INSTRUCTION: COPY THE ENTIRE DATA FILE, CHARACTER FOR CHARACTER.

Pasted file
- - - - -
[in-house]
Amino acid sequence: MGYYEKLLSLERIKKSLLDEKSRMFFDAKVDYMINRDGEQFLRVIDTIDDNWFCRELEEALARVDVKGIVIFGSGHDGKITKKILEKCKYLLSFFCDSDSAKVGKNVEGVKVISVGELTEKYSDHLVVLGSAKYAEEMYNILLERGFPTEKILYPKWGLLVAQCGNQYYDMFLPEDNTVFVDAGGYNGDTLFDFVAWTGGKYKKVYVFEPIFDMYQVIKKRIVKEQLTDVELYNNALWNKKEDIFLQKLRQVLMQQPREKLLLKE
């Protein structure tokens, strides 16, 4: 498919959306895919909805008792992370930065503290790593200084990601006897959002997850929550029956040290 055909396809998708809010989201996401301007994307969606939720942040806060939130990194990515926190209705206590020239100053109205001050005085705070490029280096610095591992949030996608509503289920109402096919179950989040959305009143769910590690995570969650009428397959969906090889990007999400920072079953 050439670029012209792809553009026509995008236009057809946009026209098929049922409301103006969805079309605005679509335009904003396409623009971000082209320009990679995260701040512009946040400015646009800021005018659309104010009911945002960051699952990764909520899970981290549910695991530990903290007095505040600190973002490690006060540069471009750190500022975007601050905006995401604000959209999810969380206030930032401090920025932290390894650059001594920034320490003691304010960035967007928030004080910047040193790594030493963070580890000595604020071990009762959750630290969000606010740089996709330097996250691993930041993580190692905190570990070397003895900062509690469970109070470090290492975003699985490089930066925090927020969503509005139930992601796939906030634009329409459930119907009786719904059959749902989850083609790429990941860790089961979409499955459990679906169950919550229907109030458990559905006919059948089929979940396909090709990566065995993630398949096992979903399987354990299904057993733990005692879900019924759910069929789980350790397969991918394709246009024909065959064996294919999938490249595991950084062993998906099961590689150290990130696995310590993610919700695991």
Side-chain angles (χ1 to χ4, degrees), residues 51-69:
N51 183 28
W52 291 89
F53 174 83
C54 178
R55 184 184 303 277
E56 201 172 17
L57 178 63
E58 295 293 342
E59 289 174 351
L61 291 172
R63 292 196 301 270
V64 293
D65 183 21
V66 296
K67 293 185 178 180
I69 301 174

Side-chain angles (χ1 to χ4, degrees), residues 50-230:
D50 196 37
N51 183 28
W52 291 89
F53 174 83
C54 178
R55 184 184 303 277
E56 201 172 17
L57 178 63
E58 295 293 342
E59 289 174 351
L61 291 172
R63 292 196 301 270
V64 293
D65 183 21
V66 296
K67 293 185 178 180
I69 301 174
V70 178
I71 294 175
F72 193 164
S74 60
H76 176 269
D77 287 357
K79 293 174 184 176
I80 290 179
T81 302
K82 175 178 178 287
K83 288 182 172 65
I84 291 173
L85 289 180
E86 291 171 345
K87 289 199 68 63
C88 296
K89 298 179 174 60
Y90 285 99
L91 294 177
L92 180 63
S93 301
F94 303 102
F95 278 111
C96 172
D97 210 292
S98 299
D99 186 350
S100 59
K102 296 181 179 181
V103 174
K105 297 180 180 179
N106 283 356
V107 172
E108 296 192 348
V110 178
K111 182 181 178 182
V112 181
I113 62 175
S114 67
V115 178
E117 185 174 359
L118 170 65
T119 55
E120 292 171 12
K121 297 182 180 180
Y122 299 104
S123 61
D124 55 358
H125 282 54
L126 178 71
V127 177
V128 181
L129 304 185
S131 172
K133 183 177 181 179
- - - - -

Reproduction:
[in-house]
Amino acid sequence: MGYYEKLLSLERIKKSLLDEKSRMFFDAKVDYMINRDGEQFLRVIDTIDDNWFCRELEEALARVDVKGIVIFGSGHDGKITKKILEKCKYLLSFFCDSDSAKVGKNVEGVKVISVGELTEKYSDHLVVLGSAKYAEEMYNILLERGFPTEKILYPKWGLLVAQCGNQYYDMFLPEDNTVFVDAGGYNGDTLFDFVAWTGGKYKKVYVFEPIFDMYQVIKKRIVKEQLTDVELYNNALWNKKEDIFLQKLRQVLMQQPREKLLLKE
């Protein structure tokens, strides 16, 4: 498919959306895919909805008792992370930065503290790593200084990601006897959002997850929550029956040290 055909396809998708809010989201996401301007994307969606939720942040806060939130990194990515926190209705206590020239100053109205001050005085705070490029280096610095591992949030996608509503289920109402096919179950989040959305009143769910590690995570969650009428397959969906090889990007999400920072079953 050439670029012209792809553009026509995008236009057809946009026209098929049922409301103006969805079309605005679509335009904003396409623009971000082209320009990679995260701040512009946040400015646009800021005018659309104010009911945002960051699952990764909520899970981290549910695991530990903290007095505040600190973002490690006060540069471009750190500022975007601050905006995401604000959209999810969380206030930032401090920025932290390894650059001594920034320490003691304010960035967007928030004080910047040193790594030493963070580890000595604020071990009762959750630290969000606010740089996709330097996250691993930041993580190692905190570990070397003895900062509690469970109070470090290492975003699985490089930066925090927020969503509005139930992601796939906030634009329409459930119907009786719904059959749902989850083609790429990941860790089961979409499955459990679906169950919550229907109030458990559905006919059948089929979940396909090709990566065995993630398949096992979903399987354990299904057993733990005692879900019924759910069929789980350790397969991918394709246009024909065959064996294919999938490249595991950084062993998906099961590689150290990130696995310590993610919700695991």
Side-chain angles (χ1 to χ4, degrees), residues 51-69:
N51 183 28
W52 291 89
F53 174 83
C54 178
R55 184 184 303 277
E56 201 172 17
L57 178 63
E58 295 293 342
E59 289 174 351
L61 291 172
R63 292 196 301 270
V64 293
D65 183 21
V66 296
K67 293 185 178 180
I69 301 174

Side-chain angles (χ1 to χ4, degrees), residues 50-230:
D50 196 37
N51 183 28
W52 291 89
F53 174 83
C54 178
R55 184 184 303 277
E56 201 172 17
L57 178 63
E58 295 293 342
E59 289 174 351
L61 291 172
R63 292 196 301 270
V64 293
D65 183 21
V66 296
K67 293 185 178 180
I69 301 174
V70 178
I71 294 175
F72 193 164
S74 60
H76 176 269
D77 287 357
K79 293 174 184 176
I80 290 179
T81 302
K82 175 178 178 287
K83 288 182 172 65
I84 291 173
L85 289 180
E86 291 171 345
K87 289 199 68 63
C88 296
K89 298 179 174 60
Y90 285 99
L91 294 177
L92 180 63
S93 301
F94 303 102
F95 278 111
C96 172
D97 210 292
S98 299
D99 186 350
S100 59
K102 296 181 179 181
V103 174
K105 297 180 180 179
N106 283 356
V107 172
E108 296 192 348
V110 178
K111 182 181 178 182
V112 181
I113 62 175
S114 67
V115 178
E117 185 174 359
L118 170 65
T119 55
E120 292 171 12
K121 297 182 180 180
Y122 299 104
S123 61
D124 55 358
H125 282 54
L126 178 71
V127 177
V128 181
L129 304 185
S131 172
K133 183 177 181 179